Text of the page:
a meeting with… Dr. Rob Davidson

1. At EIBTM last November, you revealed the Trends Watch Report 2014. What have you been up to since then?

I had to look at my diary to answer this question! Since EIBTM, I’ve been on 21 overseas trips to speak at conferences (about conferences) or to train venue sales staff on how to win more meetings and events for their venues. Most of those trips were in Europe, but in March, I flew to Sao Paolo to speak at a conference for Brazilian meetings industry professionals – and to enjoy six days of glorious summer! In between my globetrotting activities, I’ve been working on an interesting consultancy project for a possible new convention centre in Riga, Latvia’s beautiful capital. I’ve written a new version of the book I wrote with Tony Rogers in 2006, ‘Marketing Destinations and Venues for Conferences, Conventions and Business Events’ . Oh, and in March I completed my PhD, making me officially Dr. Rob Davidson. Apart from that, the past four months have been pretty quiet really.

2. In the report, you predicted some outlooks for 2015. Since then, have there been any new developments?

It’s a little early to judge the extent to which some of my predictions for 2015 have materialized, because we’re only a third of the way through the year. But some developments do reflect what I forecast in the Trends Watch report launched at EIBTM. For example, I warned about the prospect of deflation and what that could mean for the meetings and events industry (bookings suspended, investment put on hold), and now major economies such as Japan, Germany, the UK and the United States are all experiencing ultra-low inflation or outright price decreases. Emerging markets like Thailand are under pressure. Deflation is widespread across Europe, and prices have been sliding for years in trouble spots like Greece.
Even the Chinese economy is under threat from deflationary pressures. Time will tell how these economic conditions feed through to meetings and events.
3. What are your top predictions for 2015?

On the demand side, I’m fairly confident that Purchasing and Procurement departments will continue to play a more major role in the booking of meetings and incentive travel. On the supply side, I think that we’ll see a lot more diversity in the types of venues opening their doors to meetings and events. This will be a great year for unusual, non-traditional, unique venues, in a market that is hungry for novelty and innovation.
4. (Apart from attending EIBTM…) what was your highlight during 2014?

2014 was the year I finally lived my dream and created my own company, MICE Knowledge, a research and consultancy business specialising in the meetings and events industry. I had been doing a lot of research and consultancy for many years – including the annual research reports I produce for EIBTM, CIBTM and GIBTM. But that was always in parallel with my teaching role at the University of Greenwich, in London. Last year, I decided to focus 100% on research, consultancy and writing, so – sadly – that meant saying goodbye to my colleagues and students at Greenwich. I’m still teaching MICE Management from time to time as a Visiting Professor at universities in Switzerland, Austria, Germany and France, just to maintain my role in preparing the next generation of meetings and events professionals. I thought I would be a little less busy without a full-time teaching job, but it hasn’t really worked out that way …. But I’m loving the fact that I’m now in full control of my own time and able to accept interesting projects as they come along.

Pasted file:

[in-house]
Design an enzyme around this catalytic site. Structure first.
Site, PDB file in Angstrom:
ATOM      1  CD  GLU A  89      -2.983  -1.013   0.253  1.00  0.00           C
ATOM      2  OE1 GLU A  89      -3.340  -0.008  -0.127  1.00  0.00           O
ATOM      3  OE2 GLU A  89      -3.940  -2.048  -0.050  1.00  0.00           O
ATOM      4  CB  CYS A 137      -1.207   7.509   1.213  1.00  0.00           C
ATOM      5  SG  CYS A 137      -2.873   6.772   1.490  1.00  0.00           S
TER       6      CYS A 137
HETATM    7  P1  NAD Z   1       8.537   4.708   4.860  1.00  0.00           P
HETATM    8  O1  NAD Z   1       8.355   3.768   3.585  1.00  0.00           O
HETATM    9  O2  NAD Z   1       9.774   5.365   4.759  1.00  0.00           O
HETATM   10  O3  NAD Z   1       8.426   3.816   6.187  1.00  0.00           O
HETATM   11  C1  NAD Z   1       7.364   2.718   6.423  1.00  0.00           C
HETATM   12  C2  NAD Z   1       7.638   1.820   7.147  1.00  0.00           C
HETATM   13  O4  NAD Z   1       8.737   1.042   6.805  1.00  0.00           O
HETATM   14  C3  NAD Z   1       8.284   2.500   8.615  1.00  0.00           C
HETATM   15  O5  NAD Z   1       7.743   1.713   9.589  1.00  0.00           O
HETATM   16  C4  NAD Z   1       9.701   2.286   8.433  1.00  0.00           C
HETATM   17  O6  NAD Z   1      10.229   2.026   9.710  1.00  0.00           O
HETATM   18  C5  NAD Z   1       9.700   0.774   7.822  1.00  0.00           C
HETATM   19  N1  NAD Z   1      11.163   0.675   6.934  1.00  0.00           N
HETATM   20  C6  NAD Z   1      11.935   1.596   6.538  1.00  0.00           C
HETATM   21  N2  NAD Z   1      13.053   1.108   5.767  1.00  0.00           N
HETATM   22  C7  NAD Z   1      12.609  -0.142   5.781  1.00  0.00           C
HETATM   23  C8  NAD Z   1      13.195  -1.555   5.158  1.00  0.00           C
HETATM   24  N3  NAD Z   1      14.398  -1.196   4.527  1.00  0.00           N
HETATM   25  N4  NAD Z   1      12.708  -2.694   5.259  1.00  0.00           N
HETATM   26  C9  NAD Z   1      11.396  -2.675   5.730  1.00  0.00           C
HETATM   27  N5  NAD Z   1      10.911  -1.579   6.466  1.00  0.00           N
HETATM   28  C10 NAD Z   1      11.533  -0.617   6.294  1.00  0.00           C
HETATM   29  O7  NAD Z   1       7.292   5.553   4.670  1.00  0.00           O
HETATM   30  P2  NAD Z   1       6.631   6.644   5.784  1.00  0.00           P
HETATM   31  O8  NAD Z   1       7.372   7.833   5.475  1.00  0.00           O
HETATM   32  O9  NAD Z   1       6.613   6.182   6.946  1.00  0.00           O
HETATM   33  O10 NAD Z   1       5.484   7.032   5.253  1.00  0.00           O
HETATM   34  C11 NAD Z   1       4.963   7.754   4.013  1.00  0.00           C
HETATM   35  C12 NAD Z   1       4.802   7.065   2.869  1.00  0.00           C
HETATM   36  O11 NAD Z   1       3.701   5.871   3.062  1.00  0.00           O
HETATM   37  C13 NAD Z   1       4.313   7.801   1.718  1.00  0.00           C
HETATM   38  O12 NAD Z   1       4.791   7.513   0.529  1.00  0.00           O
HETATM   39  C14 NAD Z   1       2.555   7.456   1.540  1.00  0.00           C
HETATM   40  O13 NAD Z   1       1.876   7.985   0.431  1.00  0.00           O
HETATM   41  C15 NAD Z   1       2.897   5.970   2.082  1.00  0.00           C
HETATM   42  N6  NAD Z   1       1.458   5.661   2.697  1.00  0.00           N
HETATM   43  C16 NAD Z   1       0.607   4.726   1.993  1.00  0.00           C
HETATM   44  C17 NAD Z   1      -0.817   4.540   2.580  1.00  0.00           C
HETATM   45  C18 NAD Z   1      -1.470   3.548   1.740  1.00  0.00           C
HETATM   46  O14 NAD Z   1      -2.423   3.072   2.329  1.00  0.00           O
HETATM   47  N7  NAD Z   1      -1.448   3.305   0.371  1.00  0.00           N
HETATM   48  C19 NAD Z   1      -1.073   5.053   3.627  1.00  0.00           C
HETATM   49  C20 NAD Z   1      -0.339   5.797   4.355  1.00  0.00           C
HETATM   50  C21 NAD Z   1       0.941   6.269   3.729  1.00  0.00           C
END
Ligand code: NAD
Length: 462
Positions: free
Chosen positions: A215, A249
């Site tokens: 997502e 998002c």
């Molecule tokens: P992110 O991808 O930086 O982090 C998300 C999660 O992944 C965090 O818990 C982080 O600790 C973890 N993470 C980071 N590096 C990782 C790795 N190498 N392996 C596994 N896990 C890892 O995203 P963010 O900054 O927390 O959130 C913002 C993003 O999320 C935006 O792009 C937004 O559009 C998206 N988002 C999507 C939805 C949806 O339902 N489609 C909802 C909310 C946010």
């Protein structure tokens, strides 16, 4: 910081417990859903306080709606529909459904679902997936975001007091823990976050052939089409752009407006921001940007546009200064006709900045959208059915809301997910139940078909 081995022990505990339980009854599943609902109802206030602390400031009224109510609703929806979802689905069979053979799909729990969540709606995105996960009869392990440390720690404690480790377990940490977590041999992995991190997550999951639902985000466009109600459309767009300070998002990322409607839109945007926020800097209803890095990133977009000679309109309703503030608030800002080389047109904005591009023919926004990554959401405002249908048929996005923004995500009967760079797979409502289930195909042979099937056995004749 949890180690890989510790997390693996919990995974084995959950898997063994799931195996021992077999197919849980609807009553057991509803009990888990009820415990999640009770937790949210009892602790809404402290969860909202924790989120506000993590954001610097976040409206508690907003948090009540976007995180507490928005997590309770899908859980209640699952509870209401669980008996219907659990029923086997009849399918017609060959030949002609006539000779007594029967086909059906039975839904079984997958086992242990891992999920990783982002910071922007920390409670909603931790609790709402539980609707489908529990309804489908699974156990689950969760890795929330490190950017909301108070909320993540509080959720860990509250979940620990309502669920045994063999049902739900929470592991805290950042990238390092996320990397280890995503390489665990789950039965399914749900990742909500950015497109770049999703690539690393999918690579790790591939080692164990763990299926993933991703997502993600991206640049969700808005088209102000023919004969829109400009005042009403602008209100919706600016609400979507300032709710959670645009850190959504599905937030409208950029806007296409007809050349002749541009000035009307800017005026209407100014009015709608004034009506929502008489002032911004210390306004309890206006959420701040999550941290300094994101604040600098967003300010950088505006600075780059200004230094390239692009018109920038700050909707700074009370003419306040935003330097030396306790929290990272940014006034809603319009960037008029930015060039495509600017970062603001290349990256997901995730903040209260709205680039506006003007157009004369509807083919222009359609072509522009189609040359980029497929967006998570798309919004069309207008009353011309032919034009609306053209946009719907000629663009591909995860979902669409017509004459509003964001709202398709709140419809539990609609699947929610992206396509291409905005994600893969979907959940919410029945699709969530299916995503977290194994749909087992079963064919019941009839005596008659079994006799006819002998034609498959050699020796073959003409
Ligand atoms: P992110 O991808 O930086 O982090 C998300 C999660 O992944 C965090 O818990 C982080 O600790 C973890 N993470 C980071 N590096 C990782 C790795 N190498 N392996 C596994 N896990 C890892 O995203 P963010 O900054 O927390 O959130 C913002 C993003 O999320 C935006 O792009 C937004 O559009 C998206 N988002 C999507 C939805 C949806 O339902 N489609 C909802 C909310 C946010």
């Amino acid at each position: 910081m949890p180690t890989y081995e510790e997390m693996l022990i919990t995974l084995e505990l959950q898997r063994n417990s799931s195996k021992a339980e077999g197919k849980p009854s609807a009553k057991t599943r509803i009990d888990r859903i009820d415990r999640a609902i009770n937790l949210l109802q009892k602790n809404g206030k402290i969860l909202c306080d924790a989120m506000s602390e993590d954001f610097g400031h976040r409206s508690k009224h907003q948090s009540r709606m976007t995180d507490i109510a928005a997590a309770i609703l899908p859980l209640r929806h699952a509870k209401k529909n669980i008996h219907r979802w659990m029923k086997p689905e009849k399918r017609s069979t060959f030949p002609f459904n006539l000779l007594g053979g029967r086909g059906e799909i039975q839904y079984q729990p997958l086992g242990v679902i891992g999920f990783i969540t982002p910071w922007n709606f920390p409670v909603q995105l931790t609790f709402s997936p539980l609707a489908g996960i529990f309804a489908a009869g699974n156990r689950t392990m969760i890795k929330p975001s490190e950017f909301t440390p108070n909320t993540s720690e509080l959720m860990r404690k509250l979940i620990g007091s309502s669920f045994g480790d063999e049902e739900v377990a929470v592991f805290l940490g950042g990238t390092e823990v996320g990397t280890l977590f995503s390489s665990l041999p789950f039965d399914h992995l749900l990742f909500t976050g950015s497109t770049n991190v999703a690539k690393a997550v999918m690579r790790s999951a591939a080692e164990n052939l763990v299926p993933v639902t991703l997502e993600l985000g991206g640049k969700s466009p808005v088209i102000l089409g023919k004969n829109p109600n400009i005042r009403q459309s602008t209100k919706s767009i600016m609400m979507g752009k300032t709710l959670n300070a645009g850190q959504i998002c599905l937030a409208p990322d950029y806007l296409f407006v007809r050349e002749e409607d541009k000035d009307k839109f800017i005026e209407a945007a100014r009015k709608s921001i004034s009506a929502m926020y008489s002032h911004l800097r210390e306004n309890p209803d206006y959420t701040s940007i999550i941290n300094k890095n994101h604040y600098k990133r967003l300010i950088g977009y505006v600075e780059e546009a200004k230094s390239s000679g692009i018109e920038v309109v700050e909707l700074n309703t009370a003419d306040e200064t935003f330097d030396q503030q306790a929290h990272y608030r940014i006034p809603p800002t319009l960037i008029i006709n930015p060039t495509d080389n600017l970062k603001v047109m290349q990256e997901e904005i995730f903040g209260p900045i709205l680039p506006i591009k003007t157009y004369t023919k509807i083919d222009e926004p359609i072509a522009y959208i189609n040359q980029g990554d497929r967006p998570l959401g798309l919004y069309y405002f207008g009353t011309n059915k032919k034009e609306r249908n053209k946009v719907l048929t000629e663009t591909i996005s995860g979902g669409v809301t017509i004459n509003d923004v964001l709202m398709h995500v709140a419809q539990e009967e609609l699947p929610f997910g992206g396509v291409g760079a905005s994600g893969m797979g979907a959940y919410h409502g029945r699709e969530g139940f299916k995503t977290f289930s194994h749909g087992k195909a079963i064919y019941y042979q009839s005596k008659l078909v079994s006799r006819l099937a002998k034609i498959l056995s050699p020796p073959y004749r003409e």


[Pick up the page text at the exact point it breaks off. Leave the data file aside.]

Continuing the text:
5. If you could sum up 3 pieces of advice for a new event planner what would it be?

  • Think of venues, DMCs and convention bureaus as partners, not suppliers. They can help make your event a great success by adding value. Convention bureaus and DMCs know their destinations inside-out, and venue staff have seen how other event planners have used their venue in the past. Make the most of their suggestions and creative solutions.
  • Choose venues and destinations that reinforce your client’s own brand. As well as the usual criteria of dates, rates and space, consider the extent to which the venue and destination’s brand is aligned with that of your client. Brand consistency and brand reinforcement are of the utmost importance to companies and organisations these days – and that includes the places where their events take place.
  • Take the time to explain to Purchasing and Procurement departments how the meetings and events industry works – and how cheapest is rarely best when it comes to planning business events. They need to understand that staff motivation is usually a key objective of meetings and (especially) incentive trips. So penny-pinching in choosing destinations and suppliers for business events just isn’t worth it.

6. And finally…if you could visit one destination this year for any meeting or event where would it be, and why?

It would be any conference or exhibition whatsover in Alexandra Palace in North London, because that particular venue is 400 yards from my front door, and so I could spend more time at home and sleep in my own bed for a change !

But seriously, if I really had to travel to an overseas destination, Finland would definitely be my first choice. It’s a magical destination for business or for leisure and culture, and Helsinki in particular is a city I always enjoy visiting. The Finns make me laugh. They don’t say much (especially the men), but that’s OK, because when they do say something, it’s always worth listening to. Last year was a record year for international conferences in Finland, after several years of growth. So I’m not the only fan of Finland – although I do like to think of myself as their Number 1 Fan !


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